Mother Nature hasn't been too kind to Thanksgiving travelers. There were woos getting to grandma's home. Now the next system in the sequence will bring more headaches across the Great Lakes and Northeast today and tomorrow, which is expected to be an even busier travel day. This system will cut across the Midwest today. Areas from the Dakotas to the northern Great Lakes will receive several inches of snow. Blizzard conditions are possible for the Dakotas and parts of Minnesota today. This very same system will impact us in Kentucky, except we're on the warm side. Rain will hang around this morning and it will stay chilly. The afternoon will bring a *brief* lull in the action. Showers and a few storms will fire up this evening as the cold front approaches. Strong storms aren't expected. (It will be more of an issue for folks in the mid-Mississippi Valley.) However, it will be turning gusty and we could see gusts of 30 mph or higher this evening. Activity will taper off after midnight. Parts of the area could end up with close to two inches of rain by Sunday morning.
AAA is estimating that tomorrow will be the busiest travel day of the year. Travel will be impacted by air and on the ground as winter weather spreads into the Midwest and Northeast. Chicago and Detroit will be dealing with lingering snow showers. Parts of interior New England could receive over a foot of snow by Monday. Icy conditions are possible across Pennsylvania and Upstate New York. If you have friends or family heading in any of those directions, they need to plan ahead.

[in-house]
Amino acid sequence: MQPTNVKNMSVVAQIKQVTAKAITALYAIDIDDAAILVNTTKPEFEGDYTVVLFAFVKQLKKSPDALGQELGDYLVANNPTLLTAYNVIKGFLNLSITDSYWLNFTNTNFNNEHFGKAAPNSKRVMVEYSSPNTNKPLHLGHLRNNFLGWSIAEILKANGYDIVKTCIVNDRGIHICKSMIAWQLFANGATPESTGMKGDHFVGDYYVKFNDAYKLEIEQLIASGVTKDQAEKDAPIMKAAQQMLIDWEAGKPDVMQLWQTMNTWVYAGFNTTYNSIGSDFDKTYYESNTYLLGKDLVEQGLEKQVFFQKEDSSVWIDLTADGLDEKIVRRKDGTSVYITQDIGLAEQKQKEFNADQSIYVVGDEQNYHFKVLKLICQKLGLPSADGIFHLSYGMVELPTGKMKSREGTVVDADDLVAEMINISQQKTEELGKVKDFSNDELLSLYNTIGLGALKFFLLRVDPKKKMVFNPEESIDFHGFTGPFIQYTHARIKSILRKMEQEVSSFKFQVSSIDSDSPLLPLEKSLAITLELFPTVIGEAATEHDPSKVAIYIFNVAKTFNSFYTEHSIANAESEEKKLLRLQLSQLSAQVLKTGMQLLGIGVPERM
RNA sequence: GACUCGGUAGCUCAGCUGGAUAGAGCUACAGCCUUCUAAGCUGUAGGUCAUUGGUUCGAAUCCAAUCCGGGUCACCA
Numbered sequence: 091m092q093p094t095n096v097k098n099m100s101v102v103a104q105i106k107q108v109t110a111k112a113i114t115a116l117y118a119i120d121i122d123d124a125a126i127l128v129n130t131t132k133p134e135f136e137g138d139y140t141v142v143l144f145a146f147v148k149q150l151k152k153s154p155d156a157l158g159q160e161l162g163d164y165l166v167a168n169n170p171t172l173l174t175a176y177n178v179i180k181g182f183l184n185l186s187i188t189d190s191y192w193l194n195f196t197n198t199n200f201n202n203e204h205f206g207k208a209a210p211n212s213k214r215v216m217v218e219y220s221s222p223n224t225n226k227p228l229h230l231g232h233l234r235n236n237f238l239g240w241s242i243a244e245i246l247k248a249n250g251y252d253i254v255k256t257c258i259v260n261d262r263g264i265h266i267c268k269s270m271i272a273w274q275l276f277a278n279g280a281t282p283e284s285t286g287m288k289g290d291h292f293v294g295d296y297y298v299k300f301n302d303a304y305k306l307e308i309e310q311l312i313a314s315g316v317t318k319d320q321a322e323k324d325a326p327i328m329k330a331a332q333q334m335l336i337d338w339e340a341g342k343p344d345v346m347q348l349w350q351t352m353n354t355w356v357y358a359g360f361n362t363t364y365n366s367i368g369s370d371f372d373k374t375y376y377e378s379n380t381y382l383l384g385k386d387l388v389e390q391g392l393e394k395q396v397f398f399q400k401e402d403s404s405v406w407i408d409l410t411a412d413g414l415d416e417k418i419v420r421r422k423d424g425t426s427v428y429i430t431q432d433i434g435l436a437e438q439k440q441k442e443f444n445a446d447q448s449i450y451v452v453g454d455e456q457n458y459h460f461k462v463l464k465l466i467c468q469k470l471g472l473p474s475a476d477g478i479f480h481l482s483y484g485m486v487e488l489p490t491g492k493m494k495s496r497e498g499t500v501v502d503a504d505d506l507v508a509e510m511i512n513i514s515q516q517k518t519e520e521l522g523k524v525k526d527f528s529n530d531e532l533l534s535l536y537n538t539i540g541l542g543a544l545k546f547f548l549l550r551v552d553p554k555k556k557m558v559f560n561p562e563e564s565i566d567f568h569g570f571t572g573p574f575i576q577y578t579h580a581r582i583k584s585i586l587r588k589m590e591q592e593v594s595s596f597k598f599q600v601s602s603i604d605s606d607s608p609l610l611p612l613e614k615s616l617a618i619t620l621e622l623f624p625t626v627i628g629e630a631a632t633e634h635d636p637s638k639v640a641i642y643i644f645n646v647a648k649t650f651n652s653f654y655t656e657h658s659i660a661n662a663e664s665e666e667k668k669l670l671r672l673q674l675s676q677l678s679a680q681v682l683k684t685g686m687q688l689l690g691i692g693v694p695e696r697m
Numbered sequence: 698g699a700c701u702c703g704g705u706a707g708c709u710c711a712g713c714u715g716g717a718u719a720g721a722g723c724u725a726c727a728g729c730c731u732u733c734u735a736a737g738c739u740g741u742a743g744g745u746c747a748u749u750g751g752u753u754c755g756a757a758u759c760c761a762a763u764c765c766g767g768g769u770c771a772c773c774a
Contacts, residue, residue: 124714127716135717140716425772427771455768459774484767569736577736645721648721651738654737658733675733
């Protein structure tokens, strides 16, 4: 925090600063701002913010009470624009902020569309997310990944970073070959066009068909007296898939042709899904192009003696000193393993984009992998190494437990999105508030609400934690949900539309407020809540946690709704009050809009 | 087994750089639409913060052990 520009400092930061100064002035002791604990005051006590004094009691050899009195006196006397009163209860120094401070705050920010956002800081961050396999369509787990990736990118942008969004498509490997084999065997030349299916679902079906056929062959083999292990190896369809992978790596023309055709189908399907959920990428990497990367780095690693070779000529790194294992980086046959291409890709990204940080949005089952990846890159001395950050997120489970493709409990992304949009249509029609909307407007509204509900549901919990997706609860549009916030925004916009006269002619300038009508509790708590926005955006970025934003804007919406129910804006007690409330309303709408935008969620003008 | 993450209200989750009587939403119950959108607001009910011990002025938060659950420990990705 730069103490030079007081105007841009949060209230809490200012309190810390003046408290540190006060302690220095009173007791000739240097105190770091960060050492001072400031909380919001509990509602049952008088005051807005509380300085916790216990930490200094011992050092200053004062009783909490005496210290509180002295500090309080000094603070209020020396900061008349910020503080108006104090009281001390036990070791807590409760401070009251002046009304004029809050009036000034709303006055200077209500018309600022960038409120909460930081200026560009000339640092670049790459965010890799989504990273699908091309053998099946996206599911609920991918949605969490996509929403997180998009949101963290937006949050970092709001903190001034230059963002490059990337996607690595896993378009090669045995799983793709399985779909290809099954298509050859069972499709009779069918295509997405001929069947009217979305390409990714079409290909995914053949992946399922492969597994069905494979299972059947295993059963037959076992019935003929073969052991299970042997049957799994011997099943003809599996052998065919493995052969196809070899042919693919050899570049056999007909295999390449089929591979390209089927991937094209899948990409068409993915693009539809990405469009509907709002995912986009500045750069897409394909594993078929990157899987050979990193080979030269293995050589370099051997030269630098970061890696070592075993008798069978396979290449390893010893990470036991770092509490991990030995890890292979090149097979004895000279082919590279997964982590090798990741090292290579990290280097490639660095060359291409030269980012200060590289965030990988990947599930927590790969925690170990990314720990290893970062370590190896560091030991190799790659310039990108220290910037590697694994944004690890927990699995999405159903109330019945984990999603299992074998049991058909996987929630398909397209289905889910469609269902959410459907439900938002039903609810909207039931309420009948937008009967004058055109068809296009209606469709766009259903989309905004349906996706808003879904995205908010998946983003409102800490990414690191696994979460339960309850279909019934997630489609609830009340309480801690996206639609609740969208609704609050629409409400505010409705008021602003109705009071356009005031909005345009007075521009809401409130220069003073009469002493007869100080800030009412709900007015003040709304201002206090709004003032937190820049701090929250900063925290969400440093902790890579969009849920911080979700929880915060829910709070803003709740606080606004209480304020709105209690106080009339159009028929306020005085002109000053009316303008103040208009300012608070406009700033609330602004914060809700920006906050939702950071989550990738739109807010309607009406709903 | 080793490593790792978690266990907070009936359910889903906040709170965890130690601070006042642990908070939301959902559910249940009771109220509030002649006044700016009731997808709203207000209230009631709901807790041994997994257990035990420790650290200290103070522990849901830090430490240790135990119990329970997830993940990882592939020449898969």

We will see some snow showers of our own Sunday night. An upper-level low will be cut across Iowa, Illinois, and Indiana and carry some rain and snow showers with it. Rain showers will develop late Sunday around the Bluegrass. As temperatures fall during the evening, rain will change to snow. The wintry precipitation will linger into Monday morning just as everyone heads back to work and school after Thanksgiving. Light snowfall accumulations are possible, especially across the higher elevations of southeastern Kentucky. Accumulations will be mostly on grassy and elevated surfaces.